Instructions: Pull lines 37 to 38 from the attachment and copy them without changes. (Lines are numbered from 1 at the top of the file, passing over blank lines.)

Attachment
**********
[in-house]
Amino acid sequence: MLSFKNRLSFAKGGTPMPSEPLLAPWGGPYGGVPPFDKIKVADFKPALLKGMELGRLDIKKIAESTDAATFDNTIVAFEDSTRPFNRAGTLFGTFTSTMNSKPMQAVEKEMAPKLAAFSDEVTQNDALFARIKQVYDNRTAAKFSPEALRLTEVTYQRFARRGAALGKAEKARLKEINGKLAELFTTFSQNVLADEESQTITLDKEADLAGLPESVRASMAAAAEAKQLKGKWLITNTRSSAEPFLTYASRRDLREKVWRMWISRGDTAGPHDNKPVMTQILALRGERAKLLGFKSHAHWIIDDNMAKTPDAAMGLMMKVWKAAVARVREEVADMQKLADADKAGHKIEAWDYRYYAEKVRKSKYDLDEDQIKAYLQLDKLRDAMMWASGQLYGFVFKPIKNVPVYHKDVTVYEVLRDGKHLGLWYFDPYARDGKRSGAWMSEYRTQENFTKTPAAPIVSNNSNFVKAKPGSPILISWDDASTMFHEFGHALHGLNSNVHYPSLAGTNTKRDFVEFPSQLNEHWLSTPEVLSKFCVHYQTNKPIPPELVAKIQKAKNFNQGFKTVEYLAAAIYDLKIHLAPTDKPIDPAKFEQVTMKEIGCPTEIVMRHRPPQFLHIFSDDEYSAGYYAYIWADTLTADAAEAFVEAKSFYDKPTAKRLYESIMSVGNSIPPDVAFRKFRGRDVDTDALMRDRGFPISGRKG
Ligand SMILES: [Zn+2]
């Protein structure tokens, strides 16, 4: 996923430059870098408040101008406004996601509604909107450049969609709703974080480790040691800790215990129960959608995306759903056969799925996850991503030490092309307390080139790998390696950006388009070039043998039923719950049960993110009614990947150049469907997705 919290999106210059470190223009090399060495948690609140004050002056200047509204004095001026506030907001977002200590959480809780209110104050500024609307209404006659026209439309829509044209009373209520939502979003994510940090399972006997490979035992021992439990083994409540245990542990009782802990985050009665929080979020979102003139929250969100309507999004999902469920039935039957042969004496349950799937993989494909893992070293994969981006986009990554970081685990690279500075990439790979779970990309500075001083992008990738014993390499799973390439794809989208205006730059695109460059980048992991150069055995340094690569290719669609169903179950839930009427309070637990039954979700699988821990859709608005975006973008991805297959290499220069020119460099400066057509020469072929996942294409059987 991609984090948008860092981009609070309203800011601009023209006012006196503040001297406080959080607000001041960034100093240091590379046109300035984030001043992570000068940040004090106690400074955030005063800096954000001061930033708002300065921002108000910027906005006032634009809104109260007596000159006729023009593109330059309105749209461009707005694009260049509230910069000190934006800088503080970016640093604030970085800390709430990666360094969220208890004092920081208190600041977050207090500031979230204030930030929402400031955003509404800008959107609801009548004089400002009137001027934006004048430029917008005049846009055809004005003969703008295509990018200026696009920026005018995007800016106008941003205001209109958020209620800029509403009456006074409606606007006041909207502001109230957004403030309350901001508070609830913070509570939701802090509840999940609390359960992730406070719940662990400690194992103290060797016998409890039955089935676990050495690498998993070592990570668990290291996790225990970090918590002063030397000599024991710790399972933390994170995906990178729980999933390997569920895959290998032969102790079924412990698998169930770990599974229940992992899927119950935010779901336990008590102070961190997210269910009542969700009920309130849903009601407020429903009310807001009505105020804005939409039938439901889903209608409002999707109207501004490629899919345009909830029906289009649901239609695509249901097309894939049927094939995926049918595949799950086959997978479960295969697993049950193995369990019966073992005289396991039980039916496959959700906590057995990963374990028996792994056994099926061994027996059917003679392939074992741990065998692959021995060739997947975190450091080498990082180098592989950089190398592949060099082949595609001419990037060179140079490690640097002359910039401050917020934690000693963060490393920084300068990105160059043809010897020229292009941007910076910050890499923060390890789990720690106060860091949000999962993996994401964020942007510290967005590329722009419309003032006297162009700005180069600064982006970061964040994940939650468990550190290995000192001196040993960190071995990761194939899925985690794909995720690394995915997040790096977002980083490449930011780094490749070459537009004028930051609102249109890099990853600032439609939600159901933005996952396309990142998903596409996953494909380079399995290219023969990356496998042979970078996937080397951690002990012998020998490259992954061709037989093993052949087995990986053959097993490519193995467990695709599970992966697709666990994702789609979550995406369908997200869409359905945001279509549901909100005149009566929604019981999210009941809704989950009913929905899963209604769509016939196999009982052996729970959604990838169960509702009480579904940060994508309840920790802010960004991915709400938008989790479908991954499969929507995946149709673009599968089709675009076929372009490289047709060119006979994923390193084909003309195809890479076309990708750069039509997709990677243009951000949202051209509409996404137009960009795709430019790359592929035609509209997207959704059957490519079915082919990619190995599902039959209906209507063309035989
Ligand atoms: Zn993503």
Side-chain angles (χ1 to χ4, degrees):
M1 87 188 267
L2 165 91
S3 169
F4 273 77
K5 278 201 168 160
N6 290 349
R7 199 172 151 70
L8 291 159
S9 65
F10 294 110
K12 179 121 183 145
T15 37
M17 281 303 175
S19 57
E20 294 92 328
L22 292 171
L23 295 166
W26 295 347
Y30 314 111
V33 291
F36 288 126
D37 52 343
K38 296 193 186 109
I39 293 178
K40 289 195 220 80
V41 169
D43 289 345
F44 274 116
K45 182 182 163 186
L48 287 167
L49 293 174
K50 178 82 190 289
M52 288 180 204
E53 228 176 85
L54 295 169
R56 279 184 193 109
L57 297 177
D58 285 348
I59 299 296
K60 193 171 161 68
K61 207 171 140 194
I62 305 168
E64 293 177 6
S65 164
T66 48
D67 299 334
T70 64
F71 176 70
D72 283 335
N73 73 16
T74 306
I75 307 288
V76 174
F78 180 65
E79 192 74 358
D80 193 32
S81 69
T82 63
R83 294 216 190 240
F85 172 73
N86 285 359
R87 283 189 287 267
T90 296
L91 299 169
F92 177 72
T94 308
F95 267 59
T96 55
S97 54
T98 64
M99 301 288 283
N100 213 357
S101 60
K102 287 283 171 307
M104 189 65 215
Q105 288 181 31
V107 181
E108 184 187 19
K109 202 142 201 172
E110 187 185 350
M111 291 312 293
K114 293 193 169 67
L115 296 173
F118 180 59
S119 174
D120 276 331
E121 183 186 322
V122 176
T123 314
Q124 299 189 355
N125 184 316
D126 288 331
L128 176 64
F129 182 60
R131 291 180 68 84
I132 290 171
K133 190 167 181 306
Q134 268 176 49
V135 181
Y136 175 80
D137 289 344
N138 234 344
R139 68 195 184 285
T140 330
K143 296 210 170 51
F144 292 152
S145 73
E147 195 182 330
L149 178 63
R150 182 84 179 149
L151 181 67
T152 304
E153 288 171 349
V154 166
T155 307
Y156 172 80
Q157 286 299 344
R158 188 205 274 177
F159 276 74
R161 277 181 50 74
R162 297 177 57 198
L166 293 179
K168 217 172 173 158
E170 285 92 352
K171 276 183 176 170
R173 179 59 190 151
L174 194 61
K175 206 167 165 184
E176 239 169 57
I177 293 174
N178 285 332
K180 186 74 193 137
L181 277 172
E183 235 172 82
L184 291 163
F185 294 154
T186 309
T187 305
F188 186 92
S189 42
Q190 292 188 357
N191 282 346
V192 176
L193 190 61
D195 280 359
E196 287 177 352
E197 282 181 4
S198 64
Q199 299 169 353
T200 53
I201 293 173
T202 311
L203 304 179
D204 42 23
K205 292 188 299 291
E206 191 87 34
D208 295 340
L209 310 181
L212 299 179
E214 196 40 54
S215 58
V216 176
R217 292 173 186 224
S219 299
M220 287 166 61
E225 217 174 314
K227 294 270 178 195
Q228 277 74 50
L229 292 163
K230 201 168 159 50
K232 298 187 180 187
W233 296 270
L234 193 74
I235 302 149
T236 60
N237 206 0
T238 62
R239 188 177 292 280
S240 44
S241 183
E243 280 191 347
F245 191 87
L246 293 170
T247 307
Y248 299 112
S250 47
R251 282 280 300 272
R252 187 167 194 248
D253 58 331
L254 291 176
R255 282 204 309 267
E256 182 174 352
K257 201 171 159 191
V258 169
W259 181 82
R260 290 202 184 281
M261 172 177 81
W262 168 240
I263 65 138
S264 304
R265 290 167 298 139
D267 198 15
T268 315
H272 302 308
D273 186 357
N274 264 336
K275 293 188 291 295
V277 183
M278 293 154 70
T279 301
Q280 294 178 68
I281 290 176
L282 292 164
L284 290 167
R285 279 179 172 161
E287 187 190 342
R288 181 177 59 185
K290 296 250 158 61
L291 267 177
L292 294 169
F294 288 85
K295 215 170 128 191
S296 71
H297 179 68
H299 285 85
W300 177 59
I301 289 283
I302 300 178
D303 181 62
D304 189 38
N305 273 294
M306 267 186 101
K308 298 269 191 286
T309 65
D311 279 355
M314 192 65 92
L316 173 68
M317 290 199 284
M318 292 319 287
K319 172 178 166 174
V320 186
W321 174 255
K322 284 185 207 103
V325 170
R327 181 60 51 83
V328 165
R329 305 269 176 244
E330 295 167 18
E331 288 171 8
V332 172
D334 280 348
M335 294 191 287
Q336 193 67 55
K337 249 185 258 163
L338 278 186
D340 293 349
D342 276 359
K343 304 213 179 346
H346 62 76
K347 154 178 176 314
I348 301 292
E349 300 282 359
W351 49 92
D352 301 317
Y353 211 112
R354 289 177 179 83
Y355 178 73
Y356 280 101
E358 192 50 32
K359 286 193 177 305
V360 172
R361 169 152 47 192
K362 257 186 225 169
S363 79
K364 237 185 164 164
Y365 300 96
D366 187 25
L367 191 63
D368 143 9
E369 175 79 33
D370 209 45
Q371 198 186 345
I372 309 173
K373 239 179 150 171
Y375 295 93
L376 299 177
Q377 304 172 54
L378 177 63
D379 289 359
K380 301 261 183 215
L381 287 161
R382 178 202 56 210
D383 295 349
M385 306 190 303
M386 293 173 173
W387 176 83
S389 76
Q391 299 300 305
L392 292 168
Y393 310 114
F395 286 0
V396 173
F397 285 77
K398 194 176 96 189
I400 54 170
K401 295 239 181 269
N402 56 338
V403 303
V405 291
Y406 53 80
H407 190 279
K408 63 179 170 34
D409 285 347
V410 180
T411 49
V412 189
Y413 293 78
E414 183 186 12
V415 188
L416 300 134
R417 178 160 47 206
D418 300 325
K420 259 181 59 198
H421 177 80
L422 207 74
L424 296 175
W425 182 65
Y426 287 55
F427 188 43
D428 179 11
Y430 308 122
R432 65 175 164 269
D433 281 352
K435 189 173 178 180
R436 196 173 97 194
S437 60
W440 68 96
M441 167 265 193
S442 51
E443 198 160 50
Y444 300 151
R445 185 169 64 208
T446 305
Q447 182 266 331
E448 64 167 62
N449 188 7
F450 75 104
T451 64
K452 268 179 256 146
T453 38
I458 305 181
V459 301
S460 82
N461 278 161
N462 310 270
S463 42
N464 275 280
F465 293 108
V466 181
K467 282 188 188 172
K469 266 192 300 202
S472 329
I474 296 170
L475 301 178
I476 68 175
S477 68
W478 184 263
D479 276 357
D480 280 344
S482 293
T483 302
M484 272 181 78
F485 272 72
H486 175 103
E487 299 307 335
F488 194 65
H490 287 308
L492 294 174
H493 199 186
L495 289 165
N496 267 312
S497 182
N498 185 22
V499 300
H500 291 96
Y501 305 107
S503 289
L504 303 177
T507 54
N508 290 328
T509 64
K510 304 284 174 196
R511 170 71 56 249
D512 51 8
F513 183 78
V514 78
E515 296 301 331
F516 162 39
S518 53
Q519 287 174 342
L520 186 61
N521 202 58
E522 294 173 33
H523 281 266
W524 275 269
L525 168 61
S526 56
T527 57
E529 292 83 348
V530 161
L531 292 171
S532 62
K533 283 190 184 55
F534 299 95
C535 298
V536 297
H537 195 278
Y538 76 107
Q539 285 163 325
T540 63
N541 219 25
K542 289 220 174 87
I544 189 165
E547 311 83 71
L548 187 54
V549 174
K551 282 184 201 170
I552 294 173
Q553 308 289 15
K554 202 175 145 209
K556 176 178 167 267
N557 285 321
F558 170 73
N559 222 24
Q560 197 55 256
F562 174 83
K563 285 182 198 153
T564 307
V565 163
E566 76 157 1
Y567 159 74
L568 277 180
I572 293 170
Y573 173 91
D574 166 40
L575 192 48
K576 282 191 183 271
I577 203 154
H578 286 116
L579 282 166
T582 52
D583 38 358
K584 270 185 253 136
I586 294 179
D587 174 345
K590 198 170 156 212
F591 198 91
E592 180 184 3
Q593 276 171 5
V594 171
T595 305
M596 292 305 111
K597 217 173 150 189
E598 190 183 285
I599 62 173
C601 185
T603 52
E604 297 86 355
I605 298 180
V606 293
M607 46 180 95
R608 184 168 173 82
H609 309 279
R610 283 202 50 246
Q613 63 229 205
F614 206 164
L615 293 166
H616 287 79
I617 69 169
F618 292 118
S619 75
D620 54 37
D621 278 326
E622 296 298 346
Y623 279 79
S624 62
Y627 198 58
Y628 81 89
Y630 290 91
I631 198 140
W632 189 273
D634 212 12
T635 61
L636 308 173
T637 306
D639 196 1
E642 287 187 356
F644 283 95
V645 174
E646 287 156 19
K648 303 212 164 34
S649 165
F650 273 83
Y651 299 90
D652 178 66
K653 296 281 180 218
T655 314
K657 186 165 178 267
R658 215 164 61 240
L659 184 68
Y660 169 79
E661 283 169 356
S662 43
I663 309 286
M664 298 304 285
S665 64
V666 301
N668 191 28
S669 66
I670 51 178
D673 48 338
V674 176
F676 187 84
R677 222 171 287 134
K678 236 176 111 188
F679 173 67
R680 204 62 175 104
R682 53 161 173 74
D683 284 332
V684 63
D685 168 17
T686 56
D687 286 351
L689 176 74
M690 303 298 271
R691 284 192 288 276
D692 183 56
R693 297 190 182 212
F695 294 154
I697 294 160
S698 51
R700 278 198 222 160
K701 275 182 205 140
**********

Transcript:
L49 293 174
K50 178 82 190 289